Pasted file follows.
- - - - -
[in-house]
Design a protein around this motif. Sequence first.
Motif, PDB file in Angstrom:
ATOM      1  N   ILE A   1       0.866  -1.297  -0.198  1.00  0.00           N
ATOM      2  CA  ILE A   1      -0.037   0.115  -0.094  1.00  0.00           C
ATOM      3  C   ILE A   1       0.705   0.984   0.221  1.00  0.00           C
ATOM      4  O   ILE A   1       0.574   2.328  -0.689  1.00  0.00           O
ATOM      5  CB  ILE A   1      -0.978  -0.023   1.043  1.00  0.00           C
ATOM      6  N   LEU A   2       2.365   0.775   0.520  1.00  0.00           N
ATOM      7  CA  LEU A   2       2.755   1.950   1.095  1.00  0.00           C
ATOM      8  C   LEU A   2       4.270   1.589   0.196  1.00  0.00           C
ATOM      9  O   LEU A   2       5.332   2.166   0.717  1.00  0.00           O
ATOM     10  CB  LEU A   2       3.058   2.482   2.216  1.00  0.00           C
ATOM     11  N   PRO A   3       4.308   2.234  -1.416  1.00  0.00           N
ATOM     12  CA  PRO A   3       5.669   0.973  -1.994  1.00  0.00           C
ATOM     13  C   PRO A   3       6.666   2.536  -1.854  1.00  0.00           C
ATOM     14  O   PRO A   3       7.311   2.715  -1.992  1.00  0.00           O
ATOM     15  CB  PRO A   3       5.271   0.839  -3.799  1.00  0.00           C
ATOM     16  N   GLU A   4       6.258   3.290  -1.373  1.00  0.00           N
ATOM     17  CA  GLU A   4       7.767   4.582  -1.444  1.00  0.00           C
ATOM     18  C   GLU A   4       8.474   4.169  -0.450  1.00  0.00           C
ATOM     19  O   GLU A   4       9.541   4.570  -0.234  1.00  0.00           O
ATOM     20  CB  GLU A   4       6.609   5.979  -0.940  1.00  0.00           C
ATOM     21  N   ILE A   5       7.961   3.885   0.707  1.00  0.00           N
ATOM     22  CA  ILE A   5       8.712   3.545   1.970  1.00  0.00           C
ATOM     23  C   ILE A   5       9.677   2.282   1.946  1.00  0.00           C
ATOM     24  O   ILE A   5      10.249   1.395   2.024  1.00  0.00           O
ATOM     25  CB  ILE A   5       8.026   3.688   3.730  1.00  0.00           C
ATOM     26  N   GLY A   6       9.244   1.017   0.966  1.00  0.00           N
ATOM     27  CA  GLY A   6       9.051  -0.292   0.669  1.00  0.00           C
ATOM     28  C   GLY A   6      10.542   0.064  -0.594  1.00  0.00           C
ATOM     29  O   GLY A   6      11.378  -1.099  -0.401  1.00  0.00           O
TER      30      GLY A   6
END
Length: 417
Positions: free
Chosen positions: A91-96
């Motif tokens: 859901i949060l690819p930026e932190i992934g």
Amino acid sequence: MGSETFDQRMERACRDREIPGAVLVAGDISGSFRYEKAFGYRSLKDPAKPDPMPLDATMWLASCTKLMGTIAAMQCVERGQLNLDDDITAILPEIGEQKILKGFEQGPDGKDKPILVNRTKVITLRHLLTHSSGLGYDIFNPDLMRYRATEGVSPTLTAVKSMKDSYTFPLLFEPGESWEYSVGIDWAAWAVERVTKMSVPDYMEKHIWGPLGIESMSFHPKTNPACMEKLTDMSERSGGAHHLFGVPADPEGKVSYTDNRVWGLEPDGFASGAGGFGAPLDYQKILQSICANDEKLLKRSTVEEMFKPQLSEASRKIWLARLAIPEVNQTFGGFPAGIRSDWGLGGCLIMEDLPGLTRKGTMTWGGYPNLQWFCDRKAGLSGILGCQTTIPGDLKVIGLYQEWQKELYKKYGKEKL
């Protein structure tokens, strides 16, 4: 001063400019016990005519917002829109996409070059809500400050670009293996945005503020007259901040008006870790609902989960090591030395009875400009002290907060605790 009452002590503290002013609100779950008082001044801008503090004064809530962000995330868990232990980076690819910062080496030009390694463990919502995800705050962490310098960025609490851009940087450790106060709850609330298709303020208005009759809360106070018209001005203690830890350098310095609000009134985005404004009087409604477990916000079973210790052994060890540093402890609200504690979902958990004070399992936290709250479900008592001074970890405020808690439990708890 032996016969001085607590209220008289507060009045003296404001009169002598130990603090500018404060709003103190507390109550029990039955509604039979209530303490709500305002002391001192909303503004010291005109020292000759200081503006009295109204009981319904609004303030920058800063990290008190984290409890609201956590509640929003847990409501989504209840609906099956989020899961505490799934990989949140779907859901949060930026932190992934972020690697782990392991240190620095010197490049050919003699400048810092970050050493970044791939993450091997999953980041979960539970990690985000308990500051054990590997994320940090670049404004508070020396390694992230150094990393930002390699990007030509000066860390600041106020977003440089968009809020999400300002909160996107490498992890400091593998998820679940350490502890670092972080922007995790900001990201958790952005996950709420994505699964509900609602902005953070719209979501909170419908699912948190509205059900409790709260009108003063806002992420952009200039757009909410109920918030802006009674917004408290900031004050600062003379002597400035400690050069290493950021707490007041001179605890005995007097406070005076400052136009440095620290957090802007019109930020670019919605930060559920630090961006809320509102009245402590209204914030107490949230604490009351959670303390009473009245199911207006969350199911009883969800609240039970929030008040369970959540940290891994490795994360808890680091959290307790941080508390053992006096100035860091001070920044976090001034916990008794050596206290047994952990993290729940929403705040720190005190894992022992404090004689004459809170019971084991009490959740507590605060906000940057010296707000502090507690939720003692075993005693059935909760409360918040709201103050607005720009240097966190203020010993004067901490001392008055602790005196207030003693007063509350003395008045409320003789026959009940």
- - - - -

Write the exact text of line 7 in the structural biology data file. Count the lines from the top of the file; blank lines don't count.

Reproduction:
ATOM      4  O   ILE A   1       0.574   2.328  -0.689  1.00  0.00           O